If all you want is a kiss, walk under a bough of Mistletoe, but if you are exhausted, irritable or suffering from a headache or hypertension, try Mistletoe for relief. Perhaps more importantly, there are very hopeful and exciting studies currently being conducted on Mistletoe in the area of immune therapy, which show promise in building a defense against disease.
European Mistletoe (not to be confused with American Mistletoe, an entirely different plant that is seldom used medicinally) is a woody perennial that is native to Europe and Asia and continues to grow throughout Europe, as well as northwest Africa, parts of Asia and elsewhere.
It is an evergreen shrub with branches that may extend ten feet across with feathery leaves, yellow flowers, and sticky white berries. Mistletoe is a parasitic plant and grows on young branches of deciduous host trees, such as ash, apple, Hawthorne, and oak.
As a true parasite, it assumes the varied nutrients acquired from the host plant; at no time does it receive its nourishment from the soil. The plant is propagated by seeds carried by birds and cannot be cultivated from the soil.
Mistletoe has been used in herbal medicine since ancient times and was considered sacred to the Druids who went forth in white robes to collect it (particularly reversing the oak-grown plant) and cutting it with great ceremony, using a golden knife.
The mysterious Druids believed that Mistletoe protected its possessor from all evils, especially regarding Mistletoe from the oak trees to be superior and providing them with many wonderful cures, including remedies for sterility, epilepsy and as an antidote for poisons.
There are many legends surrounding Mistletoe, and it became embedded in European rituals, folklore and folk medicine. European Mistletoe was an important herb associated with welcoming the New Year and was cut from the oak trees at a particular phase of the moon (using a golden sickle). “Kissing under the Mistletoe” originated in Scandinavian lore. Balder, the god of peace, was killed by an arrow made of Mistletoe, then resurrected by other deities, and the plant was subsequently entrusted to the goddess of love, who established it as a symbol of love, with the custom that anyone passing beneath it should receive a kiss.
It is a pungent, bittersweet, warming herb, and the stems and leaves are used in herbal medicine. Mistletoe has been used medicinally since ancient times, and Dioscorides and Galen both sang its praises for a variety of ailments, including an external remedy made from a glutinous extract. Hippocrates prescribed the herb internally for disorders of the spleen. Mistletoe was introduced as a cancer therapy in 1917 and was administered by injection.
Today there is very exciting research being conducted in the area of immune therapy, and there are currently patent medicines used in Europe that include European Mistletoe, which is employed in oncology therapies. Patented European drugs, Helixor and Iscador (containing Mistletoe lectins), are routinely used as a supplemental treatment in oncology therapy in Europe, but there are no conclusive studies in the United States to confirm these applications. The German Commission E has approved European Mistletoe as a treatment for degenerative and inflamed joints and as a palliative therapy for malignant tumors.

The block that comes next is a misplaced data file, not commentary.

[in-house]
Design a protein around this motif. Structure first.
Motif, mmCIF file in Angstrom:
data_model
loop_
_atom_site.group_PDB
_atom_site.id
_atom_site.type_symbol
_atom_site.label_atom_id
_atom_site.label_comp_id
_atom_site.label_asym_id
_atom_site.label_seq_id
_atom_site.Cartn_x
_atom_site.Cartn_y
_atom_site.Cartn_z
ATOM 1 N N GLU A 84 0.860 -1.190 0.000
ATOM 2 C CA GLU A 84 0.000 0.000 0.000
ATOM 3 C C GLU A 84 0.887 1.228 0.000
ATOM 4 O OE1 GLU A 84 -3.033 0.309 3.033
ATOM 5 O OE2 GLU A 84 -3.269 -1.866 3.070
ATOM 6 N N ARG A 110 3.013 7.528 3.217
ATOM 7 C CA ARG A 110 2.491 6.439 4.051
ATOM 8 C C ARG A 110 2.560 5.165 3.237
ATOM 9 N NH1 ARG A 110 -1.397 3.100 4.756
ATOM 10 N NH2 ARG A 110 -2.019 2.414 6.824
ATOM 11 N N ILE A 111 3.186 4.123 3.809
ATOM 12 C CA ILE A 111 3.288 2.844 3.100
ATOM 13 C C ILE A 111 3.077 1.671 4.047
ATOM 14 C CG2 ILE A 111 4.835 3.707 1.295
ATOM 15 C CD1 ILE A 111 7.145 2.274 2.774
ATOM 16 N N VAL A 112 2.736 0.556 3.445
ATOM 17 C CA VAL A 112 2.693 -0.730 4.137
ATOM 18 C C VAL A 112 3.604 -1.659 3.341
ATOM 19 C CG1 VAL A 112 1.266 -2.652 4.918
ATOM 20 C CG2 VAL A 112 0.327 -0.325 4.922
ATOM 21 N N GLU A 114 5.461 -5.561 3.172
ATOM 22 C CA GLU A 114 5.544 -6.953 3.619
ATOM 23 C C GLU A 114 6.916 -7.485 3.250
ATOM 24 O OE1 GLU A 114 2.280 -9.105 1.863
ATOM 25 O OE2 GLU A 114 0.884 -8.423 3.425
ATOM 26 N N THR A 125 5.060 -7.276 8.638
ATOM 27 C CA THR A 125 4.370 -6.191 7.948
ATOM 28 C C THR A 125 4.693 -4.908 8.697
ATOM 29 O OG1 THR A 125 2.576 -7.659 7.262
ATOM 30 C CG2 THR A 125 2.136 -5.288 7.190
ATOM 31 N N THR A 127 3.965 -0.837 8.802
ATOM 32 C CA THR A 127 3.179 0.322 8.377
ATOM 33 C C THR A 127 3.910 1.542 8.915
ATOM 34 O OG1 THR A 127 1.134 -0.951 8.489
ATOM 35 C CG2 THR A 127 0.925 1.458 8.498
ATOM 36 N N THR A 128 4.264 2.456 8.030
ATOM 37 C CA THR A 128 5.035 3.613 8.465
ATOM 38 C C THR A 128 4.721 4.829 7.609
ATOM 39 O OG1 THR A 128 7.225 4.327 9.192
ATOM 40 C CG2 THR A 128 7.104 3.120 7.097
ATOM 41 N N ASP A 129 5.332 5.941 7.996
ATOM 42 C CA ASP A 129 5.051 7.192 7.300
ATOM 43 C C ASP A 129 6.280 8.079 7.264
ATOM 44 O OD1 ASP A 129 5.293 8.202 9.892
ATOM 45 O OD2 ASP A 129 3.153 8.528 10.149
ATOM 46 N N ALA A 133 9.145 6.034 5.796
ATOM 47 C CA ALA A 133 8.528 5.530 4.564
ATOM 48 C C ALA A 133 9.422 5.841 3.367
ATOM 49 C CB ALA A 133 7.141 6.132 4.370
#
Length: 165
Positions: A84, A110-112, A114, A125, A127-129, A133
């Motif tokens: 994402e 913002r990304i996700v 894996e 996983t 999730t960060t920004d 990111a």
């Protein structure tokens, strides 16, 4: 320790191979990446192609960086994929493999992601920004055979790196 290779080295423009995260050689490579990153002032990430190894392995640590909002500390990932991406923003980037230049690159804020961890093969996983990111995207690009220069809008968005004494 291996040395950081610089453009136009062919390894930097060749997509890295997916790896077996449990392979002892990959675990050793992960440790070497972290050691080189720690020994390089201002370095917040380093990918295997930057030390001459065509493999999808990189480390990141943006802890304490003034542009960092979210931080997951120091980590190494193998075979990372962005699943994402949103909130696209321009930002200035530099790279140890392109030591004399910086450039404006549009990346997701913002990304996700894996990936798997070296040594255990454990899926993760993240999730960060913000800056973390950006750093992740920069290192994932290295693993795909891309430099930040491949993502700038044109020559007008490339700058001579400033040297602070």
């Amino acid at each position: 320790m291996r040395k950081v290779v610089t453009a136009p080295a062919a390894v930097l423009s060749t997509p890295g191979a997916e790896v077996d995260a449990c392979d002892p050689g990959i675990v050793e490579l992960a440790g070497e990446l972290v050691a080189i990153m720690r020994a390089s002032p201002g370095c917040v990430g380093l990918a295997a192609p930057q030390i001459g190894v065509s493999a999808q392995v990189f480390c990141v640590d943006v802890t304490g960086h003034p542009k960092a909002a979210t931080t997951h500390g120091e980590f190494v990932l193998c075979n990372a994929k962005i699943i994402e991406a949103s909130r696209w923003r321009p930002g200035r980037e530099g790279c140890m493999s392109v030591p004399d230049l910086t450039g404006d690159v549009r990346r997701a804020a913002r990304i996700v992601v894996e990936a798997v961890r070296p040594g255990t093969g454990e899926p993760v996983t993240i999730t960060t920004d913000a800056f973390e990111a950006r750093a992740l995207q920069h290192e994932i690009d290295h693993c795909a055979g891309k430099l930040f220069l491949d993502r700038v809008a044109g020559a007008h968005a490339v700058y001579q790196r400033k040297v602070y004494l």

The constituents in European Mistletoe vary according to the host tree on which it grows, but some common properties include glycoprotein (lectins), alkaloids, peptides, polysaccharides, saponins, viscin (the active resin), potash, phosphoric acid, mucilage, sugar, lignins, tannin, choline and vitamin C.
European Mistletoe is considered a nervine that is said to relax the whole body or a part of the body by affecting the nervous system. It has been used in herbal medicine for centuries to relieve the symptoms of epilepsy, convulsions, hysteria, delirium, vertigo, exhaustion, St. Vitus dance, and nervous tension and to ease irritability. It is said to be a mild sedative.
Mistletoe is thought to be an excellent immunostimulant. Some animal and human studies suggest that Mistletoe lectins may stimulate the proliferation of healthy cells and natural killer (NK) cells, and possibly enhance the effects of chemotherapeutic drugs. Lectins are also thought to stimulate the movement of immune cells called T-cells that patrol the body seeking to destroy an intrusive infection.
European Mistletoe is considered a cardiotonic that is reputed to regulate and strengthen the heartbeat, as well as regulate a fast heart rate from feeling nervous. The herb is believed to promote normal blood pressure and ease mild hypertension, thus possibly showing benefit in cases of hardening of the arteries. It is also said to relieve the temporary headaches associated with high blood pressure.
Used externally, European Mistletoe has been applied for relief of arthritis, rheumatism, chilblains, leg ulcers, and varicose veins.
Great caution is advised when taking European Mistletoe; it is a very powerful herb, and it should be used only under the direction of a qualified healthcare practitioner. Pregnant and nursing women should not use Mistletoe, nor should people with heart problems or those who take MAO inhibitors for depression or Parkinson’s disease. All parts of the plant are highly poisonous if eaten. Do not take Mistletoe if you have tuberculosis (TB), AIDS, hyperthyroidism, an inflammatory disease, or brain or spinal cord tumors. Call your doctor right away, if you have any of the following side effects: low or high blood pressure, fainting, seizures, change in eyesight, hallucinations, diarrhea, nausea or vomiting. There have been reports of allergy, and thus if there is itching, rash, tightness in your throat or chest pain, stop taking Mistletoe.